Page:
Story by MC1 Rosalie Chang
“Our capabilities allow us to move quickly to various locations around the world to repair runways so aircraft can land safely and project a powerful forward force wherever we fight,” said Lt. j.g. Ian Jordan. “We have a distinctive ability to do expeditionary ADR the way we do and we are expanding this ability by adopting new techniques and technologies we have learned from our Air Force counterparts.”
Previous training evaluations include a 12-hour standalone project performed by a team of 104 Seabees. Enhancing interoperability within the Naval Expeditionary Combat Command (NECC), the revised ADR exercise employs advanced technology in equipment and construction methods. Over a three day period, the integrated team of 154 Seabees from NMCB 4 and Sailors from Costal Riverine Group (CRG) 1 and Explosive Ordnance Disposal Mobile Unit (EODMU) 3, searched a runway and filled 79 spalls and nine craters within 16 hours.
“The ultimate goal for the evolution was to improve efficiency by reducing the time it takes to complete airfield repairs; to advance technologies by providing input and recommendations to higher on the different equipment and materials; and to gain a joint operating picture with other units to ultimately establish a tactical training procedure for the Naval Construction Force to utilize,” said Lt. Jeremiah Gill.
Once the simulated attack occurred, members of CRG 1 began the mission with a search of the runway to assess the damage by deploying an RQ020B Pointer Upgraded Mission Ability (PUMA) AE Small Unmanned Aircraft System.
“By using the PUMA, it allowed EOD Sailors to preemptively see what damage and debris was on the field,” said Jordan. “This way, it showed us if there was a serious issue, like unexploded ordnance, and we could take special security precautions to clear the area. Integrating both adjacent units and using the PUMA technology was a first for the command but I feel it helped the evolution run more efficiently.”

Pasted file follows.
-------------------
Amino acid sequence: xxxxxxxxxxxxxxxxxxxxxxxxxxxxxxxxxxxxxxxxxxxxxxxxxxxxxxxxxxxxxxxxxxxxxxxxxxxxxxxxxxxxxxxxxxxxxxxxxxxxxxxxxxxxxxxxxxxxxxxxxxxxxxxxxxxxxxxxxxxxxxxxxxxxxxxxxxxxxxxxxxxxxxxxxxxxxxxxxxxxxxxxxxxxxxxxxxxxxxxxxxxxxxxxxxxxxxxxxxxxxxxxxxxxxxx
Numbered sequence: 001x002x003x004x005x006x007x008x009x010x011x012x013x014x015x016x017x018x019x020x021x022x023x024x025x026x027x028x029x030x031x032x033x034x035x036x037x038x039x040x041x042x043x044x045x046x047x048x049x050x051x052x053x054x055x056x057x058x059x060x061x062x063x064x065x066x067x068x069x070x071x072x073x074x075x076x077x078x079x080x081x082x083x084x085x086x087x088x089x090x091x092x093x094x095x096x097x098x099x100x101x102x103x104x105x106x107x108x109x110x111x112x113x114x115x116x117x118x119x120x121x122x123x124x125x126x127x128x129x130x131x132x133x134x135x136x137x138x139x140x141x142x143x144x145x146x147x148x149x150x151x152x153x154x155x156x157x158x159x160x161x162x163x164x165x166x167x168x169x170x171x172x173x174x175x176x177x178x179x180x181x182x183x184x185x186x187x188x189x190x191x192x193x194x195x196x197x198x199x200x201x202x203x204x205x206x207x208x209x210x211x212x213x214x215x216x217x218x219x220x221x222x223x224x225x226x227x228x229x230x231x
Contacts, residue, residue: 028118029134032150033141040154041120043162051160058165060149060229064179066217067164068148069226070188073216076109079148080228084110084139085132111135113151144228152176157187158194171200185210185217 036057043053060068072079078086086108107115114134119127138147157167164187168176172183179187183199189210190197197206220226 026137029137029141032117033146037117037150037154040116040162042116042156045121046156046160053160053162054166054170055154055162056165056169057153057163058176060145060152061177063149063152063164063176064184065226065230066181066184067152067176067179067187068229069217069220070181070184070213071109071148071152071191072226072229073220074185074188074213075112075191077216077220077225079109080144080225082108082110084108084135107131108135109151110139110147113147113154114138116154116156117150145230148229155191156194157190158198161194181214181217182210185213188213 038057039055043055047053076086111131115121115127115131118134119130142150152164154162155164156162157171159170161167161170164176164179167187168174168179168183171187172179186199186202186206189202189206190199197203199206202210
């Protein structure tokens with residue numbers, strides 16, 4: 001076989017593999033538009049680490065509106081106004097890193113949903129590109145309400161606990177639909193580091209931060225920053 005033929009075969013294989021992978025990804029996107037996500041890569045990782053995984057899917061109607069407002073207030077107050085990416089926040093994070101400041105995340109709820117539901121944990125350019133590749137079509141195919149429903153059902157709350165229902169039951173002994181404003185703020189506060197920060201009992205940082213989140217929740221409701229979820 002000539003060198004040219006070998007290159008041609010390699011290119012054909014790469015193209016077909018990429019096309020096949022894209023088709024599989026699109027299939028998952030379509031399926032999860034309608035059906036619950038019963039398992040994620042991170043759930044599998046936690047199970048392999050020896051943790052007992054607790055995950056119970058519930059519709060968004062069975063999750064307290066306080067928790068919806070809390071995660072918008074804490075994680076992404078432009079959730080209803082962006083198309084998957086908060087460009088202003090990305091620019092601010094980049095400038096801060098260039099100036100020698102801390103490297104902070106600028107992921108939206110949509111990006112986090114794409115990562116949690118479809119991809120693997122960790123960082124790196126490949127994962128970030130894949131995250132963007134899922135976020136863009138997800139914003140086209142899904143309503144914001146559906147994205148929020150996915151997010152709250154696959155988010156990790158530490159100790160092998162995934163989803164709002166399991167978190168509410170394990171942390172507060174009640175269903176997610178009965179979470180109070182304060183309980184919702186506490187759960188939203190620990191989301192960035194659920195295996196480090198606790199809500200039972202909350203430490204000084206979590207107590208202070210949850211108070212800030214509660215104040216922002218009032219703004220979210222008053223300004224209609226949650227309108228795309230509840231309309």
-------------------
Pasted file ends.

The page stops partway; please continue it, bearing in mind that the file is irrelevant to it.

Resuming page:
NMCB 4’s Damage Assessment Team (DAT) and EODMU 3 Sailors then walked the length of the airfield to plot craters and identify the unexploded ordnance. EODMU 3 Leading Petty Officer, Explosive Ordnance Disposal (EOD) Technician 1st Class Joseph Moritz said it was a new experience working with the Seabees, allowing the unit to implement their practices and give sound advice.
“Our role in the ADR mission was to support and assist the Seabees in clearing the airfield of any ordnance left from an attack,” said Moritz. “We supervised the range clearing operation, removed ordnance that needed to be taken care of and developed a plan for moving forward so NMCB 4 could accomplish their mission of repairing the damages on the runway.”
The Minimal Operating Strip (MOS) selection team assessed the damage and, based on the type of aircraft that needed the runway, they selected the area with the least amount of damage so repairs could be accomplished quickly. NMCB 4’s ADR team then worked to repair various craters by installing bolted fiberglass panels over two craters and placing concrete patches over seven.
“This mission was unique because we were able to use different equipment and materials. We had two skid steer saws, giving us the ability to cut through the concrete much faster and speed up our repairs,” said Builder 1st Class Brian Whitsitt. “Once we cut around the upheaval and cleared the debris, we filled the flat square hole with flowable fill and topped it off with a concrete cap. The rapid setting flowable fill is self-leveling and self-compacting so this was another way we were able to complete the tasks and prove we could increase our capabilities within the required timeline.”
Seabees have constructed and repaired airfields throughout their history, beginning in World War II. ADR missions conducted during FTX ensure deployed Seabee units remain proficient in the needed skills to repair damaged airfields.
NMCB 4 provides general engineering, disaster relief and humanitarian assistance, and civil support to Navy, Marine Corps and joint operational forces through planned deployments and contingency response.
For more news from Naval Mobile Construction Battalion 4, visit www.public.navy.mil/necc/1ncd/Pages/NMCB4 or follow NMCB 4 on Facebook at www.facebook.com/NMCB4